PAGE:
Posted in: Review

Looking Glass

At this point, it’s not surprising to see Nicolas Cage starring in yet another cheap, trashy straight-to-VOD thriller; what’s more unusual is when he shows up in something a bit more ambitious, like recent festival favorites Mom and Dad and Mandy. Looking Glass falls in the former category, unfortunately, throwing Cage into a half-formed, vaguely […]

Posted in: Review

Double Lover

Whatever its other flaws, French filmmaker François Ozon’s erotic thriller Double Lover certainly doesn’t hold back in its depiction of sexuality. The opening shot shows main character Chloé (Marine Vacth) getting what looks like a somewhat traumatic haircut, and Ozon cuts from there to an extreme close-up of his heroine’s genitals, as Chloé undergoes a […]

Posted in: Review

A Ciambra

A minor character in writer-director Jonas Carpignano’s first feature, 2015’s Mediterranea, 14-year-old Pio (Pio Amato), a Romani living in the Italian port town of Gioia Tauro, takes center stage for Carpignano’s follow-up, the bleak but heartfelt coming-of-age drama A Ciambra. Born into a sprawling family of petty criminals living on the edges of society, Pio […]

Posted in: Review

Person to Person

With its separate alternating stories, Dustin Guy Defa’s Person to Person at first seems like it might be the hipster version of intersecting-narrative dramas like Crash or Babel, but Defa isn’t interested in drawing pseudo-mind-blowing connections among the movie’s various threads. Instead he just plays each one out casually, like a stoner telling a rambling […]

Posted in: Review

Festival Report: TCM Classic Film Festival 2017

The definition of “classic” can be pretty flexible at the TCM Classic Film Festival, but that’s part of what makes the event great: In addition to screening well-known, well-loved movies on the big screen, the annual event in Hollywood puts at least as much effort and attention into showing movies that are neither well-known nor […]

Posted in: Review

The Girl With All the Gifts

Mike Carey’s 2014 novel The Girl With All the Gifts was one of the most successful genre releases of that year, nominated for a number of awards and acclaimed by critics and sci-fi/horror luminaries. Its film adaptation, written by Carey in tandem with the novel, has not been as successful, despite premiering at last year’s […]

Posted in: Review

Things to Come

Although it shares an English-language title with a landmark science-fiction movie, Mia Hansen-Løve’s Things to Come (whose original French title literally translates as “the future”) is mainly about living in the present, and the difficulty of processing each moment as it comes. Philosophy professor Nathalie Chazeaux (Isabelle Huppert) has her entire life upended over the […]

Posted in: Review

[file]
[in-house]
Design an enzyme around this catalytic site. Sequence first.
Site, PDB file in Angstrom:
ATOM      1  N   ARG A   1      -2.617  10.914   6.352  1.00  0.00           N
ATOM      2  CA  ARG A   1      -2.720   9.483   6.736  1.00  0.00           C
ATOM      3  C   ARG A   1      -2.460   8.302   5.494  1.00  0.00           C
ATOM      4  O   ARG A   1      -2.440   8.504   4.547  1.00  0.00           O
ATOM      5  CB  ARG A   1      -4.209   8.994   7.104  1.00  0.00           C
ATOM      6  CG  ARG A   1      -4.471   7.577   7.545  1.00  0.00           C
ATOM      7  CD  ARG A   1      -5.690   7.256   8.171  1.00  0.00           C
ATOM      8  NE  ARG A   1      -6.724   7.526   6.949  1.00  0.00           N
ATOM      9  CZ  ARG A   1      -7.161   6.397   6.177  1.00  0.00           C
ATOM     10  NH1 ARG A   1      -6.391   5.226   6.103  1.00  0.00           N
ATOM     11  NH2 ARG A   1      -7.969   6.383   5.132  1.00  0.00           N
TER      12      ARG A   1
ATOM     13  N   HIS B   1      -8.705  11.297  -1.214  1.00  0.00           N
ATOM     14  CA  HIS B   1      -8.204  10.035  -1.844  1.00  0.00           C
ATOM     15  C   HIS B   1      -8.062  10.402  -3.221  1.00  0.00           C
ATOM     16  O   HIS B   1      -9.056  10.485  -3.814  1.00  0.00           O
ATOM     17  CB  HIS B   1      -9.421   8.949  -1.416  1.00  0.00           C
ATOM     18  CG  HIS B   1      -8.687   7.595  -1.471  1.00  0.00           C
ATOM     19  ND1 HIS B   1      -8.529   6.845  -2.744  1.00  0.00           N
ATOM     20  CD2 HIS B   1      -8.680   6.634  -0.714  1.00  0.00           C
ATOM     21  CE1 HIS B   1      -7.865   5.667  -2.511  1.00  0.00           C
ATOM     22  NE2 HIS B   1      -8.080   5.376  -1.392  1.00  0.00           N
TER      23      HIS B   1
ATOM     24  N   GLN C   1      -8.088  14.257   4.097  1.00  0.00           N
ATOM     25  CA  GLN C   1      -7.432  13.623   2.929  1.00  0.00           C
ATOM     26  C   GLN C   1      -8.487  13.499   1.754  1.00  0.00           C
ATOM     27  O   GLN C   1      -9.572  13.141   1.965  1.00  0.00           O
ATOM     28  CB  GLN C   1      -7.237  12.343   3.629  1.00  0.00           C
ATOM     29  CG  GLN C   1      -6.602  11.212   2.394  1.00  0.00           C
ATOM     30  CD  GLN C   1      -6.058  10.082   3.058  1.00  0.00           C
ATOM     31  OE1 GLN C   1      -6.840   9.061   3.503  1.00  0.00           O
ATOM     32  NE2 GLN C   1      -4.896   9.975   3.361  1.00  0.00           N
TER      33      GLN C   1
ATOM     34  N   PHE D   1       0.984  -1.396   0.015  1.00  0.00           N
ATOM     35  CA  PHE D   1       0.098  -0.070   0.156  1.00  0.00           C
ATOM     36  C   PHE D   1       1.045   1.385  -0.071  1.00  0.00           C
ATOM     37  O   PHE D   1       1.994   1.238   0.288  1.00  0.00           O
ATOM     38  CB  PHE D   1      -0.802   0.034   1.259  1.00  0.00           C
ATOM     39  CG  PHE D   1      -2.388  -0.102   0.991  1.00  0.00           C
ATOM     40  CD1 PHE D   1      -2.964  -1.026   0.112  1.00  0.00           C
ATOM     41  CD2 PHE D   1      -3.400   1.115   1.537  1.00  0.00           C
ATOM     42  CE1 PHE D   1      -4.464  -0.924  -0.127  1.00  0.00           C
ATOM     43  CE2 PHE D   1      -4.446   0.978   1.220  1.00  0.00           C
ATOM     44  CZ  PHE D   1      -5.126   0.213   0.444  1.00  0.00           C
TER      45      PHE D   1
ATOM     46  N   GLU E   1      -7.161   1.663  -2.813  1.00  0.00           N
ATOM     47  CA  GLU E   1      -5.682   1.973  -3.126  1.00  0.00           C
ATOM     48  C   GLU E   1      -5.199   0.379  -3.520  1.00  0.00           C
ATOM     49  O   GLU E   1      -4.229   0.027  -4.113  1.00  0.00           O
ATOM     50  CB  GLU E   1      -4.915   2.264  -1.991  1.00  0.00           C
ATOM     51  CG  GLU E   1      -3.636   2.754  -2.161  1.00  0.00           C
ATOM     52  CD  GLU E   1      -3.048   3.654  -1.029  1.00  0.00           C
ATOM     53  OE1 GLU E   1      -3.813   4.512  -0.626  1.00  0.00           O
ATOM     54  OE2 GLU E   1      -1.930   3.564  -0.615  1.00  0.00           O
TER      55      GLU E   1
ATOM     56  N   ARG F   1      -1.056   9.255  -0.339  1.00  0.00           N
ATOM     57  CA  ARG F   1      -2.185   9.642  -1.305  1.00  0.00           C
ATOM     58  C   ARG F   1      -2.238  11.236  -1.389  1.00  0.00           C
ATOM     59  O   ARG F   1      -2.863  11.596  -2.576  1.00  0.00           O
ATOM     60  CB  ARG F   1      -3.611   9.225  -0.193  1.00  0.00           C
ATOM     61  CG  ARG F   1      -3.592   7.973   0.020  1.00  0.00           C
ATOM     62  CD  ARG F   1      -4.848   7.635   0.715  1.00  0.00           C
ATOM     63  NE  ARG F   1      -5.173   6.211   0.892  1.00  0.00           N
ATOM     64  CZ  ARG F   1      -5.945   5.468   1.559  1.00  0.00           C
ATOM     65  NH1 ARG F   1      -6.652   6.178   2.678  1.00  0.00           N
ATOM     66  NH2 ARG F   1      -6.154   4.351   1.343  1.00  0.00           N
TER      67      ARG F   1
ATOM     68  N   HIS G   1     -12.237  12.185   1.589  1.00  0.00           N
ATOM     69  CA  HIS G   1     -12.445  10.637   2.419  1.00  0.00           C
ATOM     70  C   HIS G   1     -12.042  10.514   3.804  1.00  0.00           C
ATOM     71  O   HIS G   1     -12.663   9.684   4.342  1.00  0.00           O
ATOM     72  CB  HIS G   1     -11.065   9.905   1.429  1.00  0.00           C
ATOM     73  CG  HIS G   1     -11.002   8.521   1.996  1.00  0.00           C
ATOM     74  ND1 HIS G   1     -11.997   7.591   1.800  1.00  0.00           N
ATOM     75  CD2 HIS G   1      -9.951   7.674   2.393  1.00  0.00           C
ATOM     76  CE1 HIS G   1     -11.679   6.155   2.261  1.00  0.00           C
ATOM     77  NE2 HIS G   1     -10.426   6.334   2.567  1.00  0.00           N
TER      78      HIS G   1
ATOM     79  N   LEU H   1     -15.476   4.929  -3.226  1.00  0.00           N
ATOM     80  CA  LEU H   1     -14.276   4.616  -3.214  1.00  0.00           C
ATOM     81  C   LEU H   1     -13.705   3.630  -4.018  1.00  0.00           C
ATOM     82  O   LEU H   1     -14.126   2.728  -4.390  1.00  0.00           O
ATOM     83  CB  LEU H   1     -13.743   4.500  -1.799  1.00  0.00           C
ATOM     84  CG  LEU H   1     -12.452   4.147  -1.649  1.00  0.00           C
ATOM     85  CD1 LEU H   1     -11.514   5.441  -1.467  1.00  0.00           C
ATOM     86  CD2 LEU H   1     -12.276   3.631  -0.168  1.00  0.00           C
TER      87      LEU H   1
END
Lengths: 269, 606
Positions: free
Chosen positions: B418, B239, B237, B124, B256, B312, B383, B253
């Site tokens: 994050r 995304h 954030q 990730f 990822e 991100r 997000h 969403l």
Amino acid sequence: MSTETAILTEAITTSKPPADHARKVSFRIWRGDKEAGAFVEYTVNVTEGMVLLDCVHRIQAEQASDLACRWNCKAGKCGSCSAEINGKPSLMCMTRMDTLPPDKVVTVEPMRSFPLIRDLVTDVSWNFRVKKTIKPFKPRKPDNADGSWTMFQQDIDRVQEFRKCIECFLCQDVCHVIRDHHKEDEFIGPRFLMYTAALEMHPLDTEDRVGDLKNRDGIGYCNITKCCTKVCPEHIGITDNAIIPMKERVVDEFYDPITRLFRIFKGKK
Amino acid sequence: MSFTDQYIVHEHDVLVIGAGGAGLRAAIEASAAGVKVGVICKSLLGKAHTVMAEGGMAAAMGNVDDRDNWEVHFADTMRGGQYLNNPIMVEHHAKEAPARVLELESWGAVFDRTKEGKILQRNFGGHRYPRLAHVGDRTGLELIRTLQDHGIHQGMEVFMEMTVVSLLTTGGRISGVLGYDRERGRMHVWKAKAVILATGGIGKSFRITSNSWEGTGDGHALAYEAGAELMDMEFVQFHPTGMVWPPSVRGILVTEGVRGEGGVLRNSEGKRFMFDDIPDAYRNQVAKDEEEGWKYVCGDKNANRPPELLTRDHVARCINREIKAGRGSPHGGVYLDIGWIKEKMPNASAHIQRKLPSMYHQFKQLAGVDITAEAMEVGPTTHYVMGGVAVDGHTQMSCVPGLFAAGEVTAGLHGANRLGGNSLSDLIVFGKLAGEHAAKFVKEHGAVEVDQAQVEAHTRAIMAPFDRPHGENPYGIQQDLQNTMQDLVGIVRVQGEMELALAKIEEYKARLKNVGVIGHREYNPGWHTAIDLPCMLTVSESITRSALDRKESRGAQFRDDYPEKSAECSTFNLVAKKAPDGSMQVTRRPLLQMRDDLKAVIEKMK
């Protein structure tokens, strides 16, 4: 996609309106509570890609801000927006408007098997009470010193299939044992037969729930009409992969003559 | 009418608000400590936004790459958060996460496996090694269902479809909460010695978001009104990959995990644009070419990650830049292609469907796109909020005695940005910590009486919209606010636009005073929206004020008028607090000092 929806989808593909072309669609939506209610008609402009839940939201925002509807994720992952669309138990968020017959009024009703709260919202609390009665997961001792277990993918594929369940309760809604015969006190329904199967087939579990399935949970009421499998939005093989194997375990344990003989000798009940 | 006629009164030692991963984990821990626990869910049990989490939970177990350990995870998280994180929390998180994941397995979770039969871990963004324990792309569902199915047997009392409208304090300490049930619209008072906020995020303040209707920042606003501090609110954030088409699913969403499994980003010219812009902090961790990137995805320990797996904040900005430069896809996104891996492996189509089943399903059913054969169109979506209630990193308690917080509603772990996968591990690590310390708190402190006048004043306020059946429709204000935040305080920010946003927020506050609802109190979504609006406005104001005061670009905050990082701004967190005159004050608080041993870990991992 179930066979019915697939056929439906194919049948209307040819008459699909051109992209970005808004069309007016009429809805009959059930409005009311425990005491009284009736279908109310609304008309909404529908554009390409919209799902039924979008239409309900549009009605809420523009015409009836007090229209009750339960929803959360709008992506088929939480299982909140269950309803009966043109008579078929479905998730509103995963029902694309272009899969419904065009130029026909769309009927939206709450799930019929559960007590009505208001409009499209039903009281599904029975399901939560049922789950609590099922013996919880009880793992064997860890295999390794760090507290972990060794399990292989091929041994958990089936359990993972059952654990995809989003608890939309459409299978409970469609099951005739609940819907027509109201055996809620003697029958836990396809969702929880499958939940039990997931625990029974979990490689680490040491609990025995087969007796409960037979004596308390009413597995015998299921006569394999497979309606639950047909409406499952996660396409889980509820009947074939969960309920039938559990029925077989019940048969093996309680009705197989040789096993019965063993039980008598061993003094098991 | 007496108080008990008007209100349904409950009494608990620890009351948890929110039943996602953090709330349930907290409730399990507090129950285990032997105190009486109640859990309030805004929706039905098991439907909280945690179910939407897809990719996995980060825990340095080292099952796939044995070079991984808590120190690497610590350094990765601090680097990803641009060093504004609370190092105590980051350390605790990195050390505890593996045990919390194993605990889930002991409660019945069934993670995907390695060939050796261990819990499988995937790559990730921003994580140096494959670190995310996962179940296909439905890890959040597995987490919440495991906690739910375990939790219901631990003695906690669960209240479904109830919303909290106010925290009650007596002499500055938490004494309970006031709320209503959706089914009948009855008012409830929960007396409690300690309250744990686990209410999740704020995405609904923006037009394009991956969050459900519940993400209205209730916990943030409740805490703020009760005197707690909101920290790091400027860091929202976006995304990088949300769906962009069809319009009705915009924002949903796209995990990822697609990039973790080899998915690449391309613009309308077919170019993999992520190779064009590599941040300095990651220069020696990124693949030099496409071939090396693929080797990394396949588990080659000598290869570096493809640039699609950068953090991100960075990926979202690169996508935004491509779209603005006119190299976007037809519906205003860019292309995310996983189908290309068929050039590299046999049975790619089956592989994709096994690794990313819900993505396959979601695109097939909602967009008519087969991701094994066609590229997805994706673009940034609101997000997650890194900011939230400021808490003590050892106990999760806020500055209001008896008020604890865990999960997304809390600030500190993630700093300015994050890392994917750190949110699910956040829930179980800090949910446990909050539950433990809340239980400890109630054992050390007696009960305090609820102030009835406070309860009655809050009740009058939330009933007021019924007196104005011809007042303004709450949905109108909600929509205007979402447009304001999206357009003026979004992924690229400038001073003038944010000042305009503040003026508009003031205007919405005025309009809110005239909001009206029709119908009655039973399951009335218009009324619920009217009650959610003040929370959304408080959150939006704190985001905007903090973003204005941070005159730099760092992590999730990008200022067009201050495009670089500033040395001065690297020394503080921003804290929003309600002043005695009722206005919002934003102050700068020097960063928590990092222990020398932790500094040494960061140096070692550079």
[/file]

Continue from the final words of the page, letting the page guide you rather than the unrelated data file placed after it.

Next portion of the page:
Festival Report: TCM Classic Film Festival 2016

There are multiple ways to approach the TCM Classic Film Festival, all of them highly rewarding, and the annual event in Hollywood (now in its seventh year) has attracted such a growing audience that attendees might end up never even crossing paths, depending on their individual tastes. As the name indicates, the festival is the […]

Posted in: Review

Southbound

Horror anthology films are often inconsistent in terms of both tone and quality, with segments that often feel like separate, unrelated movies simply packaged together (in some cases because they are). But the filmmakers behind Southbound worked together to create a uniquely seamless anthology, in which one story bleeds into the next so smoothly that […]

Posted in: Review

Manson Family Vacation

Brothers Mark and Jay Duplass have leveraged their success to become something akin to indie-movie moguls, using their names as producers and presences as actors to help struggling filmmakers get their projects off the ground. The brothers’ latest protégé is writer-director J. Davis, whose debut feature Manson Family Vacation was produced by the Duplasses as […]

Posted in: Review

Festival Report: TCM Classic Film Festival 2015

At the sixth annual TCM Classic Film Festival in Hollywood, the big closing-night world premiere was a silent movie from 1919 that almost no one had seen in 80 years, and the in-demand sell-outs were obscure 1940s film noirs and a pre-Code battle-of-the-sexes comedy. That’s the delightful alternate world of this festival, which has grown […]

Posted in: Review

Zombeavers

The title of Zombeavers alone gives potential viewers a pretty good idea of whether they’d want to see it or not. If your first reaction is laughter or excitement, then you’ll probably get some enjoyment out of Jordan Rubin’s silly (although perhaps not silly enough) horror-comedy. But if your first reaction is to groan and shake […]

Posted in: Review

Amira & Sam

It’s tempting to give writer-director Sean Mullin extra credit for putting a spotlight on under-represented characters in his limp romantic dramedy Amira & Sam, but when those characters are drawn so poorly and stuck in such a contrived, flimsy story, their mere presence onscreen isn’t enough. The title characters are U.S. Army veteran Sam (Martin […]

Posted in: Review

Willow Creek

Nothing in Bobcat Goldthwait’s history as a filmmaker or an actor indicates that he’d be the guy to make a found-footage horror movie about Bigfoot, but given the distinctive edge he’s brought to his efforts as a writer-director (including Sleeping Dogs Lie and World’s Greatest Dad), there’s reason to hope he might bring something original […]